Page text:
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It’s Your Move: 12 Experts Offer Advice to Advance Your Product Career

product career advancement

Early in my software development career, a manager offered me some advice: “If you want the keys to the kingdom, then walk around with the keys to the kingdom.”

Taken literally, this advice could have emboldened a young engineer to take some serious missteps while alienating the team around him. But I understood the underlying message to be one of empowerment: Take initiative and seize opportunities to help the business. After years of following his advice, this same manager would enthusiastically orchestrate my transition into product management.

Advancement typically doesn’t happen simply as a reward for doing good work, so how should early- and mid-career product managers think about career progression? I interviewed a panel of 12 accomplished product leaders and executives to gain insights into how they successfully navigated their product careers. This article presents the synthesized findings of their experiences and offers specific strategies and tactics you can use as you think about your own career arc.


Product managers are naturally wired for advancement. Most started out in a different role, so they have already demonstrated a willingness and ability to take on a demanding new job. And, after some time in the role, product managers naturally start looking for what’s next. Getting clarity on what you want to do next (and why) is an important first step.

Several of the panelists opted to go after new and risky product lines. This route can offer a wide array of experiences, from business case development to planning and executing launches. Other leaders opted to follow their curiosity into new markets, technologies, and problems to solve. Any approach that is motivated by a genuine pursuit of skills growth and knowledge will serve an early-career product manager well.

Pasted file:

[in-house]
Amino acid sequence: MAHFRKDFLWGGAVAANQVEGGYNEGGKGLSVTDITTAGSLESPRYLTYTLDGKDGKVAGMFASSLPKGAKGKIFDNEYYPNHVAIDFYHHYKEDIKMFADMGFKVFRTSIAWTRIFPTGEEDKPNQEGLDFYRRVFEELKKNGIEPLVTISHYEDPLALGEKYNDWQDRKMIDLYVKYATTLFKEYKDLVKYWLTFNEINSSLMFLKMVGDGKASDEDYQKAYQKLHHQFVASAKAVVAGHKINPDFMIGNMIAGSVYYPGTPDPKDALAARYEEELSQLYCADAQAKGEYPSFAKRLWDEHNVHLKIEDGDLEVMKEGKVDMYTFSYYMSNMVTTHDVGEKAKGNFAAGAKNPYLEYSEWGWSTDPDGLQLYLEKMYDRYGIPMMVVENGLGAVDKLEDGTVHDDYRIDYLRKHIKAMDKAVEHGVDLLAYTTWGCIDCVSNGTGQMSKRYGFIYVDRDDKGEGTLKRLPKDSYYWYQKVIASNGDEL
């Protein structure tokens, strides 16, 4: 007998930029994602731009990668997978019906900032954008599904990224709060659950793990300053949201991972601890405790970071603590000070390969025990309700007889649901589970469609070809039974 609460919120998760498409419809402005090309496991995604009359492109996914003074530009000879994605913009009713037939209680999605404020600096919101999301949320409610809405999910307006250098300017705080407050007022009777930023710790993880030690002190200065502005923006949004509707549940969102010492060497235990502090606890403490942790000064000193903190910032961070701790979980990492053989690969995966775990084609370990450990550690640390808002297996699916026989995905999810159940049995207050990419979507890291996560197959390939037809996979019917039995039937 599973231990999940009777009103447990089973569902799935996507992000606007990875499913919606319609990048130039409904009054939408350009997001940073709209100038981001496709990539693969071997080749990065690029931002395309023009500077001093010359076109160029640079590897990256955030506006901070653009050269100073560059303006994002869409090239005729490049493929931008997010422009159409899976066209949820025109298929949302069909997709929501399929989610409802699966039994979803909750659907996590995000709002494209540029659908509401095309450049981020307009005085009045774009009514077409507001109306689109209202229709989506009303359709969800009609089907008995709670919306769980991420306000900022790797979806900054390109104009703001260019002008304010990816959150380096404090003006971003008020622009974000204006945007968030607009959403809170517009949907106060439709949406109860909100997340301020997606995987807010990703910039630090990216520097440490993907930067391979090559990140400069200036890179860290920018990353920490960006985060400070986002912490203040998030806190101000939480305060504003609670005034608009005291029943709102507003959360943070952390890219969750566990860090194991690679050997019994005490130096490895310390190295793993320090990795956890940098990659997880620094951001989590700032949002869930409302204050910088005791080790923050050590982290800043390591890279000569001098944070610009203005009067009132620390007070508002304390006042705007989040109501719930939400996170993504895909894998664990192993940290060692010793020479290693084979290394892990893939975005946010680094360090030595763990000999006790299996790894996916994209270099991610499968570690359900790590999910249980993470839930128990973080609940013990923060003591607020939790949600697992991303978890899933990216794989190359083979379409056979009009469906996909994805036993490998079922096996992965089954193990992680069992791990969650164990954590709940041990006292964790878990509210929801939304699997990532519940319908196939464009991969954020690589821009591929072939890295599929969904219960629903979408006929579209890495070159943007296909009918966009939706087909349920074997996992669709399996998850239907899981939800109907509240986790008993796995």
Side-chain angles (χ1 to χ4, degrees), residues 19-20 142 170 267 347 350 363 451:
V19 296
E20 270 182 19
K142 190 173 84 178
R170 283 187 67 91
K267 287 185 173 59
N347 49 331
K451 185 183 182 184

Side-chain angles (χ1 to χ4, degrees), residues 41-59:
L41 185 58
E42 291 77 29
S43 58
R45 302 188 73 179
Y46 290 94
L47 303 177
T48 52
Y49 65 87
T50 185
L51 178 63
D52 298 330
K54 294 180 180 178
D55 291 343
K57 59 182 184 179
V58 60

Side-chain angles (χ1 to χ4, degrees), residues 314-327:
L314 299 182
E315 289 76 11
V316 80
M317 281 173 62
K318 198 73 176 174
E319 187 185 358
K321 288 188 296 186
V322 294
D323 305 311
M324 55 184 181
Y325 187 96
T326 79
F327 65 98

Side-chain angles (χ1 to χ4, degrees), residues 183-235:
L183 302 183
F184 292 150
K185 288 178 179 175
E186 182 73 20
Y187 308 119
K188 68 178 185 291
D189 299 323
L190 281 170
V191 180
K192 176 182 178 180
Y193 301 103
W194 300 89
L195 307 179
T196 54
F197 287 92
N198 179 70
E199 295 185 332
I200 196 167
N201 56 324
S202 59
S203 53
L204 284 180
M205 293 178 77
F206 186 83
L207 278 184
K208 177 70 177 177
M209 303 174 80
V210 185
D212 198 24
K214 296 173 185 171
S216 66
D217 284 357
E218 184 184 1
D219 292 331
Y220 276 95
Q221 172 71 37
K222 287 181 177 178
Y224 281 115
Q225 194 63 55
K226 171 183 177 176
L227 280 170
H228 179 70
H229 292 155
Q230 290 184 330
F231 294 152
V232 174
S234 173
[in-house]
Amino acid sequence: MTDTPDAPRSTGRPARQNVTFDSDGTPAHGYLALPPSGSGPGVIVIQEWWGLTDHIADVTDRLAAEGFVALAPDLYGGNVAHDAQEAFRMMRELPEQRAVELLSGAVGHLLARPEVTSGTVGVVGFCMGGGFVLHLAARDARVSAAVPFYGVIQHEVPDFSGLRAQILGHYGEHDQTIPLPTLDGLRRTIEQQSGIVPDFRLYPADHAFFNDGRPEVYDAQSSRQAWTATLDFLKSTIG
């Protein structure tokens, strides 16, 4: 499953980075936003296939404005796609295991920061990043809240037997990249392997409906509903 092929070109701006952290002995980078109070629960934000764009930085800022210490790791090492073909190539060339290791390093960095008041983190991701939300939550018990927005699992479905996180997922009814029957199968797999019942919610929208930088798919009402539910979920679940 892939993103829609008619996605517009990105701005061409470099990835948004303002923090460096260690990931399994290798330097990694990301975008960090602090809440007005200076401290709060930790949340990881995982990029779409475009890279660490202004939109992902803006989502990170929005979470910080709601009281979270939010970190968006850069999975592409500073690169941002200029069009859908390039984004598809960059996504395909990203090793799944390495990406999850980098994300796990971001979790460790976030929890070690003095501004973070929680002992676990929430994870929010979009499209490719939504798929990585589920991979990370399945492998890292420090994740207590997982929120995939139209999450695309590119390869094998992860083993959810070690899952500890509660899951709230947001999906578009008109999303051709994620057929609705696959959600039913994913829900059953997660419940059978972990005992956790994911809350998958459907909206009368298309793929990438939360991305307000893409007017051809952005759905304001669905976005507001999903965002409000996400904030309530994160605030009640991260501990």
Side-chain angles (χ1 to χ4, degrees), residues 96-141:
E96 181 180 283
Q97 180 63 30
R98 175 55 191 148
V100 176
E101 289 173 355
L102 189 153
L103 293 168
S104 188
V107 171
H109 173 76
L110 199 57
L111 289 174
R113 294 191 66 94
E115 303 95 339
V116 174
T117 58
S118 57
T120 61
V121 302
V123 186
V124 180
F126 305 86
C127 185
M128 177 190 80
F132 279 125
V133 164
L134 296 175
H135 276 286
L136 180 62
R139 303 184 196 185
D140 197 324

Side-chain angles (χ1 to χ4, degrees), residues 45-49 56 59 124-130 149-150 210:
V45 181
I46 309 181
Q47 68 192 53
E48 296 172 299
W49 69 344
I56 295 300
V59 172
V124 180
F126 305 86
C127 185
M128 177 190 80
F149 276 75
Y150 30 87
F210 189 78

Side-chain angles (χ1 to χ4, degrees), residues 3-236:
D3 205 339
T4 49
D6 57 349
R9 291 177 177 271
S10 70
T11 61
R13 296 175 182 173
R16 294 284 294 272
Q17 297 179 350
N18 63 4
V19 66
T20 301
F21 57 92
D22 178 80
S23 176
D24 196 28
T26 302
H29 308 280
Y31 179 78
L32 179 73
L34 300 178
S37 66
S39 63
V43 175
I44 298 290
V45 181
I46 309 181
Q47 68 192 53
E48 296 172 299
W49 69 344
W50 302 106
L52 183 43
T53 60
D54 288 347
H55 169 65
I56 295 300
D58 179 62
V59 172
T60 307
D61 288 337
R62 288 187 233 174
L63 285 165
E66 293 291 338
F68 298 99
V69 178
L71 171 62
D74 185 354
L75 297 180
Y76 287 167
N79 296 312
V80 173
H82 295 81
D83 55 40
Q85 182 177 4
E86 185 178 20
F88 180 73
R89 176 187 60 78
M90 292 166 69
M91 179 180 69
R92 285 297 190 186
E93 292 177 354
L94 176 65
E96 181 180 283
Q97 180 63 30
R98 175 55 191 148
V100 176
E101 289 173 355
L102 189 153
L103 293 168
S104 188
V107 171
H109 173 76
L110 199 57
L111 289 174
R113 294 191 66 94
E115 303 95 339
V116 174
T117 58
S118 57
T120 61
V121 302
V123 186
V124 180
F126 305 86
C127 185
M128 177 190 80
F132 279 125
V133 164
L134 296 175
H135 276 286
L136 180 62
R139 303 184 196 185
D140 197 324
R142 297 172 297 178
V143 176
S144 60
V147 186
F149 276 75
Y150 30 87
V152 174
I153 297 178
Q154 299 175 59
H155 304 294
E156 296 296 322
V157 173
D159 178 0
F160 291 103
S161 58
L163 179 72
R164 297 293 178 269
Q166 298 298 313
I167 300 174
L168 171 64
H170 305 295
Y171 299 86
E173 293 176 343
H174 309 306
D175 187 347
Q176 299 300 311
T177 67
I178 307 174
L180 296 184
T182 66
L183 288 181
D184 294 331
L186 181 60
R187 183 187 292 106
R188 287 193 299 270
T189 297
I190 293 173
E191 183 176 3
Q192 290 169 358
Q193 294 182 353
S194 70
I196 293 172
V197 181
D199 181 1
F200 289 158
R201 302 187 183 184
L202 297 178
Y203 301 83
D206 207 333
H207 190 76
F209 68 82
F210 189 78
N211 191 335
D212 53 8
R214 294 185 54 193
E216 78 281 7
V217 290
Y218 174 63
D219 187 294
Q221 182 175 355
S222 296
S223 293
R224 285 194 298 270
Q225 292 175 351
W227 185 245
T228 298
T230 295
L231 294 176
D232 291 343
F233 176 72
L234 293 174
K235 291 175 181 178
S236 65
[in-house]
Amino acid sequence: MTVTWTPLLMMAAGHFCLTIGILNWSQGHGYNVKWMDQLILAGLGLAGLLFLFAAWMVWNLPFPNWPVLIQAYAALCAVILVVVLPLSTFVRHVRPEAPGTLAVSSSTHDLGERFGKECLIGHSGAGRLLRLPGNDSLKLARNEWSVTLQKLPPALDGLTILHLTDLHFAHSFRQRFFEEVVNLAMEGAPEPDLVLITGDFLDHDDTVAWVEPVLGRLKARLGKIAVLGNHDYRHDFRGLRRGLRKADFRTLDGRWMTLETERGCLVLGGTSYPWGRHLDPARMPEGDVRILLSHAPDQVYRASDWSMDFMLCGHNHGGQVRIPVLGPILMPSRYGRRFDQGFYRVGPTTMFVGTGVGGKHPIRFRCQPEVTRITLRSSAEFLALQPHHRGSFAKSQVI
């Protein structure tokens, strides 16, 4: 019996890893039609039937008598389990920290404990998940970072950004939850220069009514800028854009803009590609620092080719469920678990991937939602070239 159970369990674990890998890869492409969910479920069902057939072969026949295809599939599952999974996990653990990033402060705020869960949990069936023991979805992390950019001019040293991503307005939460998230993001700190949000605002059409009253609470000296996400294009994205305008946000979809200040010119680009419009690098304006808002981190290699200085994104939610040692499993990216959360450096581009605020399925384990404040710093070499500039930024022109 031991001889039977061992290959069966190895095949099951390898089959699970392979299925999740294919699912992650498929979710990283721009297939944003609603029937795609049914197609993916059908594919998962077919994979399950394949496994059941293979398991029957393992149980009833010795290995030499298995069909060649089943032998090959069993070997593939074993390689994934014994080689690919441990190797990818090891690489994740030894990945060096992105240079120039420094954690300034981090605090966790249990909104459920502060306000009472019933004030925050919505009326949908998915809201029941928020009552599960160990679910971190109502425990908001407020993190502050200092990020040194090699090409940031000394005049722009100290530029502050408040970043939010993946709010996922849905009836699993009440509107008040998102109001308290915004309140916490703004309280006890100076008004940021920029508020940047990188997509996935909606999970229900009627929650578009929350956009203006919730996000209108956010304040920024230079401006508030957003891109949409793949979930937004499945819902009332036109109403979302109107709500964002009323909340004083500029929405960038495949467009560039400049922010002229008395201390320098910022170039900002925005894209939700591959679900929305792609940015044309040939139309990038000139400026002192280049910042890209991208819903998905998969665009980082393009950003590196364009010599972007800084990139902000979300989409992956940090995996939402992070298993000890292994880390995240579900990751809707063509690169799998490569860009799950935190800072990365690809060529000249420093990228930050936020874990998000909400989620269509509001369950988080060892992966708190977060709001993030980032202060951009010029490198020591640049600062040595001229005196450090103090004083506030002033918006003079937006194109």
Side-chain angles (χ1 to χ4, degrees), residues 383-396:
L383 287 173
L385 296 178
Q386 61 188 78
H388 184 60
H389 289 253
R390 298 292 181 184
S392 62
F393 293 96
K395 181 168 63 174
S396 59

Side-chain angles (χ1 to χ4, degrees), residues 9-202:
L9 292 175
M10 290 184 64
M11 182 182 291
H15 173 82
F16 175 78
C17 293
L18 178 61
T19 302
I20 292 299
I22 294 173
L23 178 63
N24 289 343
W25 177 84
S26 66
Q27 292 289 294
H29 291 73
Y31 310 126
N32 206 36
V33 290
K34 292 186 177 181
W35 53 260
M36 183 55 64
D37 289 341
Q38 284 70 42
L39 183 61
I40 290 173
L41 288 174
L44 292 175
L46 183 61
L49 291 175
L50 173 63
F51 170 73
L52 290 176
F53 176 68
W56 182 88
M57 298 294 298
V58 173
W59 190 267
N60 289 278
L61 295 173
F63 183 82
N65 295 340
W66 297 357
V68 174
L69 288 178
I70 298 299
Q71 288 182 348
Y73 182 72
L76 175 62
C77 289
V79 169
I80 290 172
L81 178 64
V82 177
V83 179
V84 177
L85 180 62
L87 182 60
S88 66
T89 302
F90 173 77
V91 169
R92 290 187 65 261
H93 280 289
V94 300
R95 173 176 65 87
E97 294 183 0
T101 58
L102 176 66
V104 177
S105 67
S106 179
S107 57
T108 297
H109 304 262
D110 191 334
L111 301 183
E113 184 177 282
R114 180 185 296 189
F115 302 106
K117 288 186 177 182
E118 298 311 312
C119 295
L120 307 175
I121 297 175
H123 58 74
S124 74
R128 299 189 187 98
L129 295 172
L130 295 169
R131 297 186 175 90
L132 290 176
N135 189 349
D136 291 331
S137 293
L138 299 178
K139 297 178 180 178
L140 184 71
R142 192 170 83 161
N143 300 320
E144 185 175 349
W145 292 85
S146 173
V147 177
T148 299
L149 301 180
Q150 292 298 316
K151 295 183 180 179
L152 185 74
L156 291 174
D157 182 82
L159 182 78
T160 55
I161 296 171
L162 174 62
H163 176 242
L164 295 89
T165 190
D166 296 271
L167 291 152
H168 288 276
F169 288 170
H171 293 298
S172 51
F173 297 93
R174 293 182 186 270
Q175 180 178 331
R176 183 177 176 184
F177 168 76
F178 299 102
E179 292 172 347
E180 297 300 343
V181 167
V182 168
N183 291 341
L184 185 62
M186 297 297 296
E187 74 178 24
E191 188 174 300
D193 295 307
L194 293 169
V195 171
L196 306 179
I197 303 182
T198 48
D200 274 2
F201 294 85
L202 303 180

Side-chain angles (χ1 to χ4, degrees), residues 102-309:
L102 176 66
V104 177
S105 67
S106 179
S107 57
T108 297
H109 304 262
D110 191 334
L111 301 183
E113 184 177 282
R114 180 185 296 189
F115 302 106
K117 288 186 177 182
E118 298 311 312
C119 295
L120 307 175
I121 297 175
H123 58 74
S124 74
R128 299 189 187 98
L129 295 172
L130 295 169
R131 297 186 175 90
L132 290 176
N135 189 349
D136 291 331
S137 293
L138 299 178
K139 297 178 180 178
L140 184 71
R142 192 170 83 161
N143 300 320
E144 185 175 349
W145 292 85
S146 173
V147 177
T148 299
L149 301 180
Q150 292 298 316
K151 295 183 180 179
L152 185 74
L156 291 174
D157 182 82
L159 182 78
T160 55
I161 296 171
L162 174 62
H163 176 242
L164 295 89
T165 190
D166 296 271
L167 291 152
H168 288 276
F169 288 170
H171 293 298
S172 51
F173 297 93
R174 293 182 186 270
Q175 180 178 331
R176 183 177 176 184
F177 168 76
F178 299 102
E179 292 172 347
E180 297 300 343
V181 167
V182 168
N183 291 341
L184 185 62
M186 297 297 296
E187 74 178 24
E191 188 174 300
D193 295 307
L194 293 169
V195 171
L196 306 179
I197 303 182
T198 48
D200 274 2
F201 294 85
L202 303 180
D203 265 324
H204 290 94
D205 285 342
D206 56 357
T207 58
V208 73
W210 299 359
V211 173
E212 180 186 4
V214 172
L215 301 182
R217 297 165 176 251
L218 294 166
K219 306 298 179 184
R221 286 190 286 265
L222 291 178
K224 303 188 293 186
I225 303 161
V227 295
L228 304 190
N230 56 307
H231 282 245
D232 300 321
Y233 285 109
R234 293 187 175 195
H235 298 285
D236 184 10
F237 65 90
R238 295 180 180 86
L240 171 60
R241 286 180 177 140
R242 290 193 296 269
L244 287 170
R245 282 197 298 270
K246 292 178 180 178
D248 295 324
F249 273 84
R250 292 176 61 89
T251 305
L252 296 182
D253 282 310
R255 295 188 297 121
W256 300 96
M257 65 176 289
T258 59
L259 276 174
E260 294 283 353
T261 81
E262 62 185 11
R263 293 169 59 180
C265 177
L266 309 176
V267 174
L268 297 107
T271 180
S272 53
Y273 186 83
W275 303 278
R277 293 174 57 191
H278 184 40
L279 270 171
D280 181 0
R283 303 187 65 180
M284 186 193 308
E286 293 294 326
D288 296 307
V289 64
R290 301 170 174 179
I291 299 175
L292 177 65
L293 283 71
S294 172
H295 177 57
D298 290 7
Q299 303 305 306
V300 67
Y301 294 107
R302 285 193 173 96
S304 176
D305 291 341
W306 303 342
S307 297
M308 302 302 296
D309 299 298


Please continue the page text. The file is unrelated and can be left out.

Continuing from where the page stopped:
WHAT THE EXPERTS SAY: Focus, learn, add value

In the beginning, focus first and foremost on the job you’ve got and don’t worry about advancement. Learn the trade, gain experience and add as much value to the business as possible. Develop a reputation as a problem-solver and key player while taking the initiative to learn the market and business from those around you. By building this initial base of experience, you’ll develop a good sense of where you’d like to go next.


Everyone has different approaches to career management, ranging from the highly passive (simply floating down the stream) to the highly active. A passive approach can serve you well in the beginning, and some panelists took that approach early on, letting their interests guide them. However, most of these product leaders and executives took a more intentional approach early on.
Regardless of how you’ve defined it, the advancement you seek usually comes about because you’ve been intentional. Active career management relies on a certain degree of ambition—a trait that can carry a negative connotation. But a healthy degree of ambition likely comes naturally for those drawn to the responsibilities and stresses that come with product management roles.

WHAT THE EXPERTS SAY: Maintain clear goals

Career progression comes when you have clear goals and a vision of what you want to achieve. Compare it to product planning: The more clearly you set and verbalize your next target or milestone, the more likely you are to achieve it. Some examples:

* I would like to manage a new product introduction so that I can get the experience of defining and launching a product from scratch.

* I would like to manage a product line with many decisions to be made and for which I’d have significant decision-making authority.

* I would like to manage a small team of product managers so that I can develop my leadership and managerial skills.


Once you have a clear vision of what you’d like to do next, you must create the conditions for that vision to materialize. While your career path may feel like a very personal thing, your advancement depends in part on those around you. There are three kinds of allies who should compose the team that will help you along the way.

Your Manager